And back to the original thought, how can you love music that you cannot even understand? Please share.

I would love to hear people's thoughts on either of these questions. I have my own opinion but I'll hold off sharing because I would really like to get other people's thoughts on this (though you can likely glean my opinion from the fact that I own 60-70 non-English speaking albums representing many faiths).

Share your thoughts in the comments section.


Mark S said...

Am I the first one? Really? That's kind of cool... Am I supposed to say 'first'? I think I have seen that before.

Mark S said...

Nope, I was supposed to comment. Let me start off by saying that Chris most certainly does NOT keep it real. I think we can all agree on that.

St. Elizabeth of Cayce said...

I'll bite. That's a tough question.

For me, _knowing_ makes a big difference. As a teen, I quit singing along with "My Sweet Lord" when I found out what the "hard to understand" words were. (Confession, many songs in English could also be making fun of people from Mississippi and I'd have no idea -- I don't have the ear for mumbled, mushy lyrics.) I also cringe when I find myself singing along with songs like "Love the One You're With" or "Only the Good Die Young" -- songs that strongly poppose what I believe (darn them for being so catchy!)

Humming along, or trying to harmonize with something I cannot understand is difficult, but I will try for the challenge.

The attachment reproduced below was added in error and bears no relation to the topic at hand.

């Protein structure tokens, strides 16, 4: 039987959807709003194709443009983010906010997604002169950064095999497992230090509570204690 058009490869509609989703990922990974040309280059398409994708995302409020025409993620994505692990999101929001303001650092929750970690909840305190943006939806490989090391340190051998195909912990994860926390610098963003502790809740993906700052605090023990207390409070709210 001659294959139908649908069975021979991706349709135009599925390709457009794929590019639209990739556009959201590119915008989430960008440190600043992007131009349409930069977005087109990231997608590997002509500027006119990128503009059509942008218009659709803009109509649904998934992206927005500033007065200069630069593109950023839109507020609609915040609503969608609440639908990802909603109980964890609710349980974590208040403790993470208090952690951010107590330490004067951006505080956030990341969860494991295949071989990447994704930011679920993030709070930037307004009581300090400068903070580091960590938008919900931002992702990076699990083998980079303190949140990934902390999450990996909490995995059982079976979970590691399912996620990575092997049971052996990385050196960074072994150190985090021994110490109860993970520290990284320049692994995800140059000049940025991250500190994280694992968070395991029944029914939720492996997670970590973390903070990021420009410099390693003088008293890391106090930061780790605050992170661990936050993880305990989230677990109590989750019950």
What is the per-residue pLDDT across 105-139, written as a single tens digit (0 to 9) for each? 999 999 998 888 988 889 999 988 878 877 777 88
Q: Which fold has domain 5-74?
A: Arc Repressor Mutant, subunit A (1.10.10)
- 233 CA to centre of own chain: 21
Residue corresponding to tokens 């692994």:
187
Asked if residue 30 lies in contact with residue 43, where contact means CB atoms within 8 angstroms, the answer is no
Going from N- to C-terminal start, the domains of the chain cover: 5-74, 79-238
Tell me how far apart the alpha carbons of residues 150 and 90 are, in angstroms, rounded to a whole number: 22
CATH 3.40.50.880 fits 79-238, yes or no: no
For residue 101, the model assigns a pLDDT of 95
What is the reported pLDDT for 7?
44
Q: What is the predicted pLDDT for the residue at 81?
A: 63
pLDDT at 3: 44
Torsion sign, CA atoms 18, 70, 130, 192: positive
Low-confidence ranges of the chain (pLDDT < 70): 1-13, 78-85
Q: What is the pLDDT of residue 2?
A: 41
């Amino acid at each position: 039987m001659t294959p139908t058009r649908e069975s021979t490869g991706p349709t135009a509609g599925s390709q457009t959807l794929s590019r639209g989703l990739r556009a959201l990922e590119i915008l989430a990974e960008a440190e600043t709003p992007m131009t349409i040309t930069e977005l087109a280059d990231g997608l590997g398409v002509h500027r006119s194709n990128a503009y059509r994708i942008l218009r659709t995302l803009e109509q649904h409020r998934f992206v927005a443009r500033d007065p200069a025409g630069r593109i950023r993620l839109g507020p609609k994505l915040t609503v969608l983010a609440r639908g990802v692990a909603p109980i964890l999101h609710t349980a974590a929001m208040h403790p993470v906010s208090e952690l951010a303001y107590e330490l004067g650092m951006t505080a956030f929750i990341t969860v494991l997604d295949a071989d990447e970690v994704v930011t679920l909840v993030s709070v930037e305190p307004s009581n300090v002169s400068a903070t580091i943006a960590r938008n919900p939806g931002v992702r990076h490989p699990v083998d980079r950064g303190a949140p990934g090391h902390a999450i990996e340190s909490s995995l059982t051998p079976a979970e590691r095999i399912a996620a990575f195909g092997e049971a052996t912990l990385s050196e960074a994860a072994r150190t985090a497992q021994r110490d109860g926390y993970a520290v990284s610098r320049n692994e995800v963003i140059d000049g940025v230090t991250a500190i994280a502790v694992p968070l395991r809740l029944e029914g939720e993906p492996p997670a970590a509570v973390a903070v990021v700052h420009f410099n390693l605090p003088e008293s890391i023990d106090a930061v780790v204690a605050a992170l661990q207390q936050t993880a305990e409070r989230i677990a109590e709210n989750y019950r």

You know that I enjoy learning Latin chant, and I use it a great deal in the music for Mass. I don't expect that the congregation will ALL know ALL of what is being said/sung. I do know that the words I am singing are ancient, proven, prayerful, and are part of the patrimony of our Church. I also make an assumption that the congregation will know that these words are part of what makes us distinctive, a link to our fathers in the faith, and are appropriate for the Mass. I am also tickled to learn a new piece, begin singing it at the end of Communion, and hear it coming back at me from a congregant or two or ten.

So, music I don't understand? Depends on the context. Music I _know_ pays tribute to a diety, idea, belief that I cannot accept -- no.

[My verification word is expoot -- a release of noxious gasses?]

K.C. said...